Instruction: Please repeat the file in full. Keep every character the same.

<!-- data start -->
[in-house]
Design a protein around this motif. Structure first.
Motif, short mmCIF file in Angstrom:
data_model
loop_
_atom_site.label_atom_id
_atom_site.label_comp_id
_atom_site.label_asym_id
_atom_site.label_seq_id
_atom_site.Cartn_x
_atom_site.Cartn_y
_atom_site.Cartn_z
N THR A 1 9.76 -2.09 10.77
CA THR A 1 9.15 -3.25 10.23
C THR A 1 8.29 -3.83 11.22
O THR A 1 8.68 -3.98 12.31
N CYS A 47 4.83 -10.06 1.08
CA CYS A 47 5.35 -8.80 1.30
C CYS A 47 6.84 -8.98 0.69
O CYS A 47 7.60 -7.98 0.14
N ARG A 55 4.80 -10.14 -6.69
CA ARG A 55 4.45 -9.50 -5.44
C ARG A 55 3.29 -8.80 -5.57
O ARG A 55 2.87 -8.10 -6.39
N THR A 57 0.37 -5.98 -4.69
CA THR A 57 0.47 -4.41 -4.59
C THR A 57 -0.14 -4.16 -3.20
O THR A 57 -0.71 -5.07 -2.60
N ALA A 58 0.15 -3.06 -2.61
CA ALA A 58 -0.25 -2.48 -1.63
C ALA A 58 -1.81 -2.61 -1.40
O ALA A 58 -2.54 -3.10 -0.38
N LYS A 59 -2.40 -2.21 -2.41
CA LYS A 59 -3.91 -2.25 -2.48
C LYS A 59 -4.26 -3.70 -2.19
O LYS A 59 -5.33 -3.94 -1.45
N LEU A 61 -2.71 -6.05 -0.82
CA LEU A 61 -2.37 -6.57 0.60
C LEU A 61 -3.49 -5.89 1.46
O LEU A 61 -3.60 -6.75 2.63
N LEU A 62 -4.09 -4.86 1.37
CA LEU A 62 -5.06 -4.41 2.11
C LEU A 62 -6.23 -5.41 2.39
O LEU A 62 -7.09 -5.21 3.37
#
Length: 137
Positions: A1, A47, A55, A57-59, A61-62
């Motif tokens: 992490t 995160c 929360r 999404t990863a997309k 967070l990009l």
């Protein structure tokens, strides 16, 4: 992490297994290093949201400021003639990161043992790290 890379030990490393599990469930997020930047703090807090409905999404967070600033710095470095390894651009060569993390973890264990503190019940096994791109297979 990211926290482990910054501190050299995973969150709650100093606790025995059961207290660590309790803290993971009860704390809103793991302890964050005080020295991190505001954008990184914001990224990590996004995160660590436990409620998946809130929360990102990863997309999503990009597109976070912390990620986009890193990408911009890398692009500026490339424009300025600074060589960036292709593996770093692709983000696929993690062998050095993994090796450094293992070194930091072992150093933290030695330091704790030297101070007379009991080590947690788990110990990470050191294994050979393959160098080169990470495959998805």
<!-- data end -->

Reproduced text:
[in-house]
Design a protein around this motif. Structure first.
Motif, short mmCIF file in Angstrom:
data_model
loop_
_atom_site.label_atom_id
_atom_site.label_comp_id
_atom_site.label_asym_id
_atom_site.label_seq_id
_atom_site.Cartn_x
_atom_site.Cartn_y
_atom_site.Cartn_z
N THR A 1 9.76 -2.09 10.77
CA THR A 1 9.15 -3.25 10.23
C THR A 1 8.29 -3.83 11.22
O THR A 1 8.68 -3.98 12.31
N CYS A 47 4.83 -10.06 1.08
CA CYS A 47 5.35 -8.80 1.30
C CYS A 47 6.84 -8.98 0.69
O CYS A 47 7.60 -7.98 0.14
N ARG A 55 4.80 -10.14 -6.69
CA ARG A 55 4.45 -9.50 -5.44
C ARG A 55 3.29 -8.80 -5.57
O ARG A 55 2.87 -8.10 -6.39
N THR A 57 0.37 -5.98 -4.69
CA THR A 57 0.47 -4.41 -4.59
C THR A 57 -0.14 -4.16 -3.20
O THR A 57 -0.71 -5.07 -2.60
N ALA A 58 0.15 -3.06 -2.61
CA ALA A 58 -0.25 -2.48 -1.63
C ALA A 58 -1.81 -2.61 -1.40
O ALA A 58 -2.54 -3.10 -0.38
N LYS A 59 -2.40 -2.21 -2.41
CA LYS A 59 -3.91 -2.25 -2.48
C LYS A 59 -4.26 -3.70 -2.19
O LYS A 59 -5.33 -3.94 -1.45
N LEU A 61 -2.71 -6.05 -0.82
CA LEU A 61 -2.37 -6.57 0.60
C LEU A 61 -3.49 -5.89 1.46
O LEU A 61 -3.60 -6.75 2.63
N LEU A 62 -4.09 -4.86 1.37
CA LEU A 62 -5.06 -4.41 2.11
C LEU A 62 -6.23 -5.41 2.39
O LEU A 62 -7.09 -5.21 3.37
#
Length: 137
Positions: A1, A47, A55, A57-59, A61-62
């Motif tokens: 992490t 995160c 929360r 999404t990863a997309k 967070l990009l």
């Protein structure tokens, strides 16, 4: 992490297994290093949201400021003639990161043992790290 890379030990490393599990469930997020930047703090807090409905999404967070600033710095470095390894651009060569993390973890264990503190019940096994791109297979 990211926290482990910054501190050299995973969150709650100093606790025995059961207290660590309790803290993971009860704390809103793991302890964050005080020295991190505001954008990184914001990224990590996004995160660590436990409620998946809130929360990102990863997309999503990009597109976070912390990620986009890193990408911009890398692009500026490339424009300025600074060589960036292709593996770093692709983000696929993690062998050095993994090796450094293992070194930091072992150093933290030695330091704790030297101070007379009991080590947690788990110990990470050191294994050979393959160098080169990470495959998805």